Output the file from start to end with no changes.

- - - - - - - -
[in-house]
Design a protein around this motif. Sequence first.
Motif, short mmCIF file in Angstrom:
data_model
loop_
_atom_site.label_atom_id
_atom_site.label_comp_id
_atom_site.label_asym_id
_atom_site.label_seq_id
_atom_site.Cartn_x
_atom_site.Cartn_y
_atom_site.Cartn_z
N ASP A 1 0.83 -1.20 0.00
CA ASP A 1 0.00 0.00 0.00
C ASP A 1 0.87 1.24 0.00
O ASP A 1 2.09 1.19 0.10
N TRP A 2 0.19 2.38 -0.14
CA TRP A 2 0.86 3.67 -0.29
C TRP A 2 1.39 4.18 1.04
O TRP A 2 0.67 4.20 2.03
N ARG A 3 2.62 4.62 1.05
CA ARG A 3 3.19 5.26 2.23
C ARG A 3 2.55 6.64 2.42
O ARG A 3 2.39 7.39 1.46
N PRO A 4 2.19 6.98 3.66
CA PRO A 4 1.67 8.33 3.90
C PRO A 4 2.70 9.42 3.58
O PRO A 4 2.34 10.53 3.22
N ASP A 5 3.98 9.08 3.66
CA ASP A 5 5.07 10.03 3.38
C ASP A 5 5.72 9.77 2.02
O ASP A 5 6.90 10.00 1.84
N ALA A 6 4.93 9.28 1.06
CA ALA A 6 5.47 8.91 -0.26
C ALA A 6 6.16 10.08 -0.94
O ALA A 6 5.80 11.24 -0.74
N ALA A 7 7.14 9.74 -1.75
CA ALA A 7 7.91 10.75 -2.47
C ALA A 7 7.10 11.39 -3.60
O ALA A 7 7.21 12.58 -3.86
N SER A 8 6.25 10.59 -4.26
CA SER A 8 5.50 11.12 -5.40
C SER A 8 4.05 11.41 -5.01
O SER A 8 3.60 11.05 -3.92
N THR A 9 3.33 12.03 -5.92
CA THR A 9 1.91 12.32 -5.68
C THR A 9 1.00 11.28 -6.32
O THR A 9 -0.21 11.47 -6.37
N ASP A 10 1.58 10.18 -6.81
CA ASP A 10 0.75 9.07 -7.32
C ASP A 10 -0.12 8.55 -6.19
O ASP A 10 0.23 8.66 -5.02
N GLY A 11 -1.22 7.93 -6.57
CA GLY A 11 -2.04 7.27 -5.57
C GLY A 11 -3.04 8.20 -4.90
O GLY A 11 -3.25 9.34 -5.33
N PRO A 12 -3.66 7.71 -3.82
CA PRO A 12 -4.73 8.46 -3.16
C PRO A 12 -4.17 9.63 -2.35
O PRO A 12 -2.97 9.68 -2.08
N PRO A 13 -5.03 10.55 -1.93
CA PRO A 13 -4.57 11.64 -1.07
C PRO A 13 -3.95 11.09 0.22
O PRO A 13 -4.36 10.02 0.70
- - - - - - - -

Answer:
[in-house]
Design a protein around this motif. Sequence first.
Motif, short mmCIF file in Angstrom:
data_model
loop_
_atom_site.label_atom_id
_atom_site.label_comp_id
_atom_site.label_asym_id
_atom_site.label_seq_id
_atom_site.Cartn_x
_atom_site.Cartn_y
_atom_site.Cartn_z
N ASP A 1 0.83 -1.20 0.00
CA ASP A 1 0.00 0.00 0.00
C ASP A 1 0.87 1.24 0.00
O ASP A 1 2.09 1.19 0.10
N TRP A 2 0.19 2.38 -0.14
CA TRP A 2 0.86 3.67 -0.29
C TRP A 2 1.39 4.18 1.04
O TRP A 2 0.67 4.20 2.03
N ARG A 3 2.62 4.62 1.05
CA ARG A 3 3.19 5.26 2.23
C ARG A 3 2.55 6.64 2.42
O ARG A 3 2.39 7.39 1.46
N PRO A 4 2.19 6.98 3.66
CA PRO A 4 1.67 8.33 3.90
C PRO A 4 2.70 9.42 3.58
O PRO A 4 2.34 10.53 3.22
N ASP A 5 3.98 9.08 3.66
CA ASP A 5 5.07 10.03 3.38
C ASP A 5 5.72 9.77 2.02
O ASP A 5 6.90 10.00 1.84
N ALA A 6 4.93 9.28 1.06
CA ALA A 6 5.47 8.91 -0.26
C ALA A 6 6.16 10.08 -0.94
O ALA A 6 5.80 11.24 -0.74
N ALA A 7 7.14 9.74 -1.75
CA ALA A 7 7.91 10.75 -2.47
C ALA A 7 7.10 11.39 -3.60
O ALA A 7 7.21 12.58 -3.86
N SER A 8 6.25 10.59 -4.26
CA SER A 8 5.50 11.12 -5.40
C SER A 8 4.05 11.41 -5.01
O SER A 8 3.60 11.05 -3.92
N THR A 9 3.33 12.03 -5.92
CA THR A 9 1.91 12.32 -5.68
C THR A 9 1.00 11.28 -6.32
O THR A 9 -0.21 11.47 -6.37
N ASP A 10 1.58 10.18 -6.81
CA ASP A 10 0.75 9.07 -7.32
C ASP A 10 -0.12 8.55 -6.19
O ASP A 10 0.23 8.66 -5.02
N GLY A 11 -1.22 7.93 -6.57
CA GLY A 11 -2.04 7.27 -5.57
C GLY A 11 -3.04 8.20 -4.90
O GLY A 11 -3.25 9.34 -5.33
N PRO A 12 -3.66 7.71 -3.82
CA PRO A 12 -4.73 8.46 -3.16
C PRO A 12 -4.17 9.63 -2.35
O PRO A 12 -2.97 9.68 -2.08
N PRO A 13 -5.03 10.55 -1.93
CA PRO A 13 -4.57 11.64 -1.07
C PRO A 13 -3.95 11.09 0.22
O PRO A 13 -4.36 10.02 0.70